Austin-Travis County EMS (ATCEMS) based in Austin, Texas, knew they needed to deploy an innovative solution, and fast. They responded by forming what came to be known as the C4 unit: the Collaborative Care Communication Center.

The C4 is an elite team of twelve EMS-trained clinicians who manage calls and connect patients with a variety of resources. At the start of the pandemic, they began using Pulsara, a healthcare communication, telehealth, and logistics platform, to build better communication with their teams. Through Pulsara, they sent alerts to the hospital about crews bringing in COVID-19 patients, giving hospital staff more time to prepare. And since the providers on-scene wore heavy PPE, making it difficult to communicate verbally, the C4 was able to use Pulsara to facilitate communication for them and manage the case remotely.

But as the pandemic evolved, so did the challenges faced by healthcare providers. By the time ATCEMS was facing its third wave of the pandemic in August 2021, local hospitals were maxing out capacity and lacked both the beds and the bandwidth to care for every patient that came through their doors. ATCEMS knew they needed a way to reduce the burden on emergency departments.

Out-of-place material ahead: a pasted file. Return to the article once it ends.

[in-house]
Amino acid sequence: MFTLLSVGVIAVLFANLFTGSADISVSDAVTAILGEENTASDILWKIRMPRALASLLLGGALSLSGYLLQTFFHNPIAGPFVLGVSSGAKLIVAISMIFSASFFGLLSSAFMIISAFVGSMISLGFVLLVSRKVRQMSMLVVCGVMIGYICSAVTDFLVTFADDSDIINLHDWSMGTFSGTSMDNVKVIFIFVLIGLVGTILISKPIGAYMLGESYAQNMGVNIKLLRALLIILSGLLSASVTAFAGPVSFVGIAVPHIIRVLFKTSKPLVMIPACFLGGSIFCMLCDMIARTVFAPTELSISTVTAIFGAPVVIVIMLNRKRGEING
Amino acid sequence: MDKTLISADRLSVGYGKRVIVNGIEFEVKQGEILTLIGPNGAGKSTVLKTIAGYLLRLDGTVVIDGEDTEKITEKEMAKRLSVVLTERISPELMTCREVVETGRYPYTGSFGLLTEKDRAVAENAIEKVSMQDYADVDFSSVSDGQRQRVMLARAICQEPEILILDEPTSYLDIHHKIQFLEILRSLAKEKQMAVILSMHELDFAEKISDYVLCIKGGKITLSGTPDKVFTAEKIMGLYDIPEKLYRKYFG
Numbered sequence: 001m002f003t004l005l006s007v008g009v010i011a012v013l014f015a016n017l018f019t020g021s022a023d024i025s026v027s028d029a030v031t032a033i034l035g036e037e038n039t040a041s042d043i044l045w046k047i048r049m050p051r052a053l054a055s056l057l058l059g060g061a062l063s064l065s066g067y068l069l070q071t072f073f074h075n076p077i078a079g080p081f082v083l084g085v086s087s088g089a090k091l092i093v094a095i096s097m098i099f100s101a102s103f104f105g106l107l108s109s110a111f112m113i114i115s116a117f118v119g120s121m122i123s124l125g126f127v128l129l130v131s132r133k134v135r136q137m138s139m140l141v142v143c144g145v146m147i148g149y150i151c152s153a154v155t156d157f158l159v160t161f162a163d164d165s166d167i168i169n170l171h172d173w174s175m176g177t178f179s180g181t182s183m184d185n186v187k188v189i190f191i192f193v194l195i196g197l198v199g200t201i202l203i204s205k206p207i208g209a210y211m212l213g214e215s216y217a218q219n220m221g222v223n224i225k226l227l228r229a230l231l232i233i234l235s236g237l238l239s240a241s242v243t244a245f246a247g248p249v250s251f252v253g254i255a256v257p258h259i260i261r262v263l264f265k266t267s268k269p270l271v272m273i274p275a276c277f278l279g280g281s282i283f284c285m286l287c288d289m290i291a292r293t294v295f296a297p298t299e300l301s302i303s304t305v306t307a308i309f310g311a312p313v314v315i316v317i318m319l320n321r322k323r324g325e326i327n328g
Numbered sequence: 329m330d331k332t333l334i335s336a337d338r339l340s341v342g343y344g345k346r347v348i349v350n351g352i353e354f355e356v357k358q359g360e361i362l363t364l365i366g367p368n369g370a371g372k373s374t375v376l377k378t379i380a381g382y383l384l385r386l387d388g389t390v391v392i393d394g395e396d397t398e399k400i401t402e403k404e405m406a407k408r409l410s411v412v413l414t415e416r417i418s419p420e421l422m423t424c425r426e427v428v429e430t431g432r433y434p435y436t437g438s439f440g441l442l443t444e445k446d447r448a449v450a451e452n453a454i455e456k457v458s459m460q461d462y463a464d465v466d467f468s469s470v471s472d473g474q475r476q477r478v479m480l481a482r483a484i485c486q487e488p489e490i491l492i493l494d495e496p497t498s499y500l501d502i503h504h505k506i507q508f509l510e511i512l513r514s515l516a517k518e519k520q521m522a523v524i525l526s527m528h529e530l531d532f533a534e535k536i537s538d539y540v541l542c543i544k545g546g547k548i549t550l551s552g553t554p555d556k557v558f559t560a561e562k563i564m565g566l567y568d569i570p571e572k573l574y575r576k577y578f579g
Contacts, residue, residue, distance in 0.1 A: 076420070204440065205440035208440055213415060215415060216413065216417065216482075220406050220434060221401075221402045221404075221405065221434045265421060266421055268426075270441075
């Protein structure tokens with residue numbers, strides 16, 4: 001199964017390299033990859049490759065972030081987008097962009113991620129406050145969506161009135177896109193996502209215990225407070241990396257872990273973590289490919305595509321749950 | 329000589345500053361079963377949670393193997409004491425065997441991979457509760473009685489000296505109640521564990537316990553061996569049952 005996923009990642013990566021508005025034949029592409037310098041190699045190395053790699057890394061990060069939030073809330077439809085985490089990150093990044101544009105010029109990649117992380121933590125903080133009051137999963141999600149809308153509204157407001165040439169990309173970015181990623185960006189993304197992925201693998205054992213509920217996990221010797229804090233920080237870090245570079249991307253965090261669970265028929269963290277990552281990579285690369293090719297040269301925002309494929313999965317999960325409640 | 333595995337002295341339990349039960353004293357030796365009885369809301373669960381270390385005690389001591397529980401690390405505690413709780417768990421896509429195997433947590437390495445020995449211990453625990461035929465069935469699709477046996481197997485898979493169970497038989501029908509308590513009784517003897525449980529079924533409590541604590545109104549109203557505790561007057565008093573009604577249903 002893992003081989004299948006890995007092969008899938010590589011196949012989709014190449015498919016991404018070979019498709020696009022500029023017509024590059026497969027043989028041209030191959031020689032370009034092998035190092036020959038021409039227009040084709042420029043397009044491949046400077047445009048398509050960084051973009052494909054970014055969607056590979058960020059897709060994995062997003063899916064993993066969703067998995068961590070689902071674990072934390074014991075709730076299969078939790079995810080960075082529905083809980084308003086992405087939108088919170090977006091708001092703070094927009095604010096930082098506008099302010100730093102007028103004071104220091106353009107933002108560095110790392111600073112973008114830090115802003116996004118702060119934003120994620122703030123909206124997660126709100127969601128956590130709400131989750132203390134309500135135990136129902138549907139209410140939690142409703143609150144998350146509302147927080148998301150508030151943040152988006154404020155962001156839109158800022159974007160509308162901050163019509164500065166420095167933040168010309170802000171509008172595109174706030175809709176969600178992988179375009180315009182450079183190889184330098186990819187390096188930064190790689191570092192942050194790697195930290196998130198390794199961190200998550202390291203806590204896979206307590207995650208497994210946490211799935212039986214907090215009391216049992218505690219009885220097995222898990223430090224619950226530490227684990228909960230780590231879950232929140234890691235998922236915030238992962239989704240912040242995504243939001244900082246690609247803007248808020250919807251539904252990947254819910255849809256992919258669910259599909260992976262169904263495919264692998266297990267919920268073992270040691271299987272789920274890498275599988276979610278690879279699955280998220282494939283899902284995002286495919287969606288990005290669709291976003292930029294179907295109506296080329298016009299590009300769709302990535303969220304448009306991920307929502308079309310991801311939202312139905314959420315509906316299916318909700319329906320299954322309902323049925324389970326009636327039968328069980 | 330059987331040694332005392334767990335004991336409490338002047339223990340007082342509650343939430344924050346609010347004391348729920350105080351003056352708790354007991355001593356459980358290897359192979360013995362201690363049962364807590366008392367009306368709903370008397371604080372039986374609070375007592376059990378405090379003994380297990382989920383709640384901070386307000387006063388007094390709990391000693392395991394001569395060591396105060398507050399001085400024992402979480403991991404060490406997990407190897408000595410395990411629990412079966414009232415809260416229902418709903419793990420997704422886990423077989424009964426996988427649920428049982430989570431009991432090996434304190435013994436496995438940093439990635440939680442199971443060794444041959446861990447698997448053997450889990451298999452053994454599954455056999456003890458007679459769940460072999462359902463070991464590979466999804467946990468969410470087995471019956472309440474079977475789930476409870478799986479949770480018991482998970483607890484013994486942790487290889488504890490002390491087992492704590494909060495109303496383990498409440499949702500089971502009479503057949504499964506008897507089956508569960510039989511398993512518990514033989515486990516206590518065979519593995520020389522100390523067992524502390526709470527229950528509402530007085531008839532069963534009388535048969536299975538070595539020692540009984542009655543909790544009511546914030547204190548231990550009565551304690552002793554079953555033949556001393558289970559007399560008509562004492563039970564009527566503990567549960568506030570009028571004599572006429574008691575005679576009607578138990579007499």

Topics: EMS ET3 Community Paramedicine Mobile Integrated Health
3 min read

Introducing: Pulsara HQ for EMS Admins

By Kinsie Clarkson on Jun 08, 2022

EMS admins: Have you ever wished for an easy way to view all of your units, along with any information about the patients they're currently caring for? What about having the ability to track their movements and view whether the hospital has acknowledged them, and even see which hospitals are available, all from one easy-to-use dashboard?